Ten o’clock at the roadside and Molly’s doing her impression of an excited chimp. It’s always worth watching; you’d never know she was “old”.
It’s actually quite chilly, and the forecast suggests zero degrees on the top, so we’re all wearing an extra layer.
We’re off to climb Cul Mor, which is 849m high according to the map (2785 feet in old money), although the car is parked at 227m so we’re not exactly starting at sea level. The weather is fine and sunny, and the autumn orange colour of the grass is lovely. It’s not an arduous climb; no stings in the tail, just a steady plod.
We leave the vegetation behind and get onto a mound of quartzite rocks; there’s often ptarmigan here, but today I just find one feather. We keep our eyes open to find the rest of the bits to complete a whole bird, but it doesn’t happen.
Chocolate biscuits at the allocated cairn, which gives great views of the two main peaks of Cul Mor, plus Cul Beag off to the left. At this point, I’ve always turned slightly north and got to the summit via a short boulder field, but today we avoid this as Molly’s sight isn’t what it used to be; none of us fancy carrying an injured Labrador. So we go straight ahead and up the middle of the corrie.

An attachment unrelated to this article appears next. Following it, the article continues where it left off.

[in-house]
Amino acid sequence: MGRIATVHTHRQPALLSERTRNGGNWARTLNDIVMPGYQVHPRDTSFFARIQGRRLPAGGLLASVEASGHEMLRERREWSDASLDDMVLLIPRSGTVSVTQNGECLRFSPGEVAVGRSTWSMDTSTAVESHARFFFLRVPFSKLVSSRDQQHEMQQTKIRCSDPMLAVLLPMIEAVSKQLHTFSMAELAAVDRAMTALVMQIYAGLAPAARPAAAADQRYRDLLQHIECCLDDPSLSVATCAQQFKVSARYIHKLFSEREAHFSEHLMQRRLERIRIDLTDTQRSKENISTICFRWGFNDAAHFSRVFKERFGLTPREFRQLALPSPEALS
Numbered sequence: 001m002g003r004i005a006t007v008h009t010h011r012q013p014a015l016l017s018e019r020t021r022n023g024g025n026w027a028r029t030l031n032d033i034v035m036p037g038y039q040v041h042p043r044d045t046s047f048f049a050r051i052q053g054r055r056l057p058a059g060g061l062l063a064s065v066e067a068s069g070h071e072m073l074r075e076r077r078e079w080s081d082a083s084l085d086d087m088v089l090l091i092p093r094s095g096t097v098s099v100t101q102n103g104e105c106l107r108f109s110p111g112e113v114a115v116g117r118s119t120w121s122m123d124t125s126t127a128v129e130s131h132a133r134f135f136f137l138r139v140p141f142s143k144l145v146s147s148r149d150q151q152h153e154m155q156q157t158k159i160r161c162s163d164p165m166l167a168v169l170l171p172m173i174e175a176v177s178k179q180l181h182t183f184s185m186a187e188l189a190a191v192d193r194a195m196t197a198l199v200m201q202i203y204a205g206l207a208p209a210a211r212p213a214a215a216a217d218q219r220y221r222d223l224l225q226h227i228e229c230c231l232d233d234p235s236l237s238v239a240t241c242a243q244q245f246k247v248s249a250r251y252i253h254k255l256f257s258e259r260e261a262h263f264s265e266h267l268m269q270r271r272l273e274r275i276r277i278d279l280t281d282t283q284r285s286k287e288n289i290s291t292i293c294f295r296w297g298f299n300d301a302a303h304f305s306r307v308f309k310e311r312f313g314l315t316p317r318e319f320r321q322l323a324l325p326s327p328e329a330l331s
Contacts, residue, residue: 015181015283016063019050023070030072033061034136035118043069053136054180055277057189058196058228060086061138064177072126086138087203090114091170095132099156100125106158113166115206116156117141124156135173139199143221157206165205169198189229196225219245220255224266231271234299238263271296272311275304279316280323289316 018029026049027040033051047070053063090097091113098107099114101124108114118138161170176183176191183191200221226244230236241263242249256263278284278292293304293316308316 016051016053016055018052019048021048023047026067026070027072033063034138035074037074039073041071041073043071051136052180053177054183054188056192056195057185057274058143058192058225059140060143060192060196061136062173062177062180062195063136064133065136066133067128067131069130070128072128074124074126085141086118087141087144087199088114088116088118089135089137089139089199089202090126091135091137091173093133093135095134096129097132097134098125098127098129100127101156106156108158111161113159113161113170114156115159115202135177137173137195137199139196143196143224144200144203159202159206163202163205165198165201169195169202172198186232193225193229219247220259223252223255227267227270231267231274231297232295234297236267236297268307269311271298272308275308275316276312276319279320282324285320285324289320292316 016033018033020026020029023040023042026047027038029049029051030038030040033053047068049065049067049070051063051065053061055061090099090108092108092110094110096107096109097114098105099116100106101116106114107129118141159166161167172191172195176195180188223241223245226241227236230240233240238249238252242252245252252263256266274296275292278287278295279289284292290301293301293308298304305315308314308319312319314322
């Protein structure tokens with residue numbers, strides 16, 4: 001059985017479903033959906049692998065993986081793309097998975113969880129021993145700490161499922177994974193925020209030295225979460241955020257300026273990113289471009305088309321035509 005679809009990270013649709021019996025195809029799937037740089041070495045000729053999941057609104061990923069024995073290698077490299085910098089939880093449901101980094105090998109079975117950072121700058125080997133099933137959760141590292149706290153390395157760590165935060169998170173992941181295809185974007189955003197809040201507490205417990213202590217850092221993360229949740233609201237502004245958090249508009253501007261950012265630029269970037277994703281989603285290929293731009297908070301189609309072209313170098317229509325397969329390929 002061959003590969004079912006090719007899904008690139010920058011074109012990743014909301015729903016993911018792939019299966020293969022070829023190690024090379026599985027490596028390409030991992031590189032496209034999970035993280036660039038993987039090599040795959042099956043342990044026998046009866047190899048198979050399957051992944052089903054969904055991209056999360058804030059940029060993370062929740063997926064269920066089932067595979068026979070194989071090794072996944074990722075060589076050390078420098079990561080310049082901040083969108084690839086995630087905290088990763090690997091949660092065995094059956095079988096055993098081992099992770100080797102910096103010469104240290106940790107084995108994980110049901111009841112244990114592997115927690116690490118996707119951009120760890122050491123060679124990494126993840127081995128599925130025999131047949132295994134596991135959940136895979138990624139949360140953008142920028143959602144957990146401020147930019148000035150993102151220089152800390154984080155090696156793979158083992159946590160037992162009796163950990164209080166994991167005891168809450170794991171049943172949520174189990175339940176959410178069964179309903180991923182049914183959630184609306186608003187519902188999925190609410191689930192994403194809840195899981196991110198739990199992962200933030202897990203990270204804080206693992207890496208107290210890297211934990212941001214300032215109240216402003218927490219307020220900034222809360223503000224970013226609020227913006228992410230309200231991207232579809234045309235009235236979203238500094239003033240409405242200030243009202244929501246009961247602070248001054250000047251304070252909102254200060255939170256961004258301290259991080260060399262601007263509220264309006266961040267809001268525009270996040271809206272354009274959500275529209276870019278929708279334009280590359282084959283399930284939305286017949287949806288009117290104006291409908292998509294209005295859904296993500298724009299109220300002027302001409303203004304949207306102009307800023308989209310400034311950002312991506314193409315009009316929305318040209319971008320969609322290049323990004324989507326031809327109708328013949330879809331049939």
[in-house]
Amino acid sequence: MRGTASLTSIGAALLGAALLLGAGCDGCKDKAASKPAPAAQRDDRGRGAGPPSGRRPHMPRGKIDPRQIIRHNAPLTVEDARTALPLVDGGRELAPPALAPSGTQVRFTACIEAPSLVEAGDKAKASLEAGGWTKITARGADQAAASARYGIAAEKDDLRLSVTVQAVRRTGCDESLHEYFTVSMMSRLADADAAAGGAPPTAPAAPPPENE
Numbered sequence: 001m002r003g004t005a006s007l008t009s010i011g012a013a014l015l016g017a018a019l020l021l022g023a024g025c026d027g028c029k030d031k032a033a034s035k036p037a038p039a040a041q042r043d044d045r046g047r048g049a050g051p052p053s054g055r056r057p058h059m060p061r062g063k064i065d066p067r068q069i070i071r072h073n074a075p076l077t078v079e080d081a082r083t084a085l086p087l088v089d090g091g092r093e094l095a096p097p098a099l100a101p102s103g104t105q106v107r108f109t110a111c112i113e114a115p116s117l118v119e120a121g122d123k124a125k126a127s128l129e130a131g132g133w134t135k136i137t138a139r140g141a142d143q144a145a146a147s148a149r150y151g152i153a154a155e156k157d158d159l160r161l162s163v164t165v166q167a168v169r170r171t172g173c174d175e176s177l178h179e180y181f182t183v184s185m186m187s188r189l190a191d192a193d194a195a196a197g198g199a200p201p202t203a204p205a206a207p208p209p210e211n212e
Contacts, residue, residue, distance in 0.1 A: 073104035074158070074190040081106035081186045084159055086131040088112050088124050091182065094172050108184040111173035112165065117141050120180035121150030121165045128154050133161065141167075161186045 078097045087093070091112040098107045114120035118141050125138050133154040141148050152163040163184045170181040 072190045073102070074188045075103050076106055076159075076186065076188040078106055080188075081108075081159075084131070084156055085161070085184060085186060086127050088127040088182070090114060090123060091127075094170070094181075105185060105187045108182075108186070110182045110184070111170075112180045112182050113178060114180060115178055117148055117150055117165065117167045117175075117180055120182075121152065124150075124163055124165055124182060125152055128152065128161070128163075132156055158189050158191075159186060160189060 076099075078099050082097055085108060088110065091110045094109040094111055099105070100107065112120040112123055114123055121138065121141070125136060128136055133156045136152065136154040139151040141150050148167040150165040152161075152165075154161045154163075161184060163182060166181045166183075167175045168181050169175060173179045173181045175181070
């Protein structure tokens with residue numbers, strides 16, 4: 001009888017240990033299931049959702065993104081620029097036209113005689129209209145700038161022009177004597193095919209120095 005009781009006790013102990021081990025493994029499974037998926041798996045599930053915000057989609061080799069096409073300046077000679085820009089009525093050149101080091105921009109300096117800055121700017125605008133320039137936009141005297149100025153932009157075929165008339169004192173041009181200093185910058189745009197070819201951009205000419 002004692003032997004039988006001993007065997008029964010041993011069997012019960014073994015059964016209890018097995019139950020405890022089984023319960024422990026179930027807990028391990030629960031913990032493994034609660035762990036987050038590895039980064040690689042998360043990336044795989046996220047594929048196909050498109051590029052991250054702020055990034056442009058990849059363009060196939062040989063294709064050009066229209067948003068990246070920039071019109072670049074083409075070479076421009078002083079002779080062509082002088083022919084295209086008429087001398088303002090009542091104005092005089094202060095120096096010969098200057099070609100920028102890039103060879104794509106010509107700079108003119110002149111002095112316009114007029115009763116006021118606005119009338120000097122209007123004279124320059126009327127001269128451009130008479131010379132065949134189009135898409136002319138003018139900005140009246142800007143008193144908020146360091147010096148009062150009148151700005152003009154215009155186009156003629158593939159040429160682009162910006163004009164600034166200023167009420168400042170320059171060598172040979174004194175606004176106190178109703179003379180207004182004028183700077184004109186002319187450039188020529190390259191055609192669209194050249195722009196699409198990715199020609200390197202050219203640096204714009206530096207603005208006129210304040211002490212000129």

Summit views are fabulous, as ever. There’s a bit of cloud about, but right now it’s adding to our experience; let’s hope it stays that way!
Just below the main summit, we stop for sandwiches and get some photos.
Then the cloud gets thicker from the north; Suilven disappears in the murk, and we get lucky. Sun behind us; cloud in front (and below) equals “brocken spectre”. Camera shutters clicking….. That single person shape in the middle is actually all four of us.
Some other people having lunch nearby, so I go and tell them about it; you don’t see brocken spectres very often! In fact, this is only my second. It’s Richard’s second too; his first was from the top of the Inaccessible Pinnacle when he climbed it with his Dad some years ago. That must’ve been amazing.
Cul Mor is a three pointed summit, maybe twenty minutes between each, so we make the most of our time up here; the views are tremendous!
At the third summit, we can see some rain clouds approaching, which might be disappointing, but not today: this has a distinct “Middle Earth” feel about it, and the paparazzi get to work again.
We get back to the cars and Richard’s phone app. says we’ve walked eight and a half miles, and its taken seven hours. If you’re counting. I don’t know how long we were actually walking, and how long we spent looking at the view.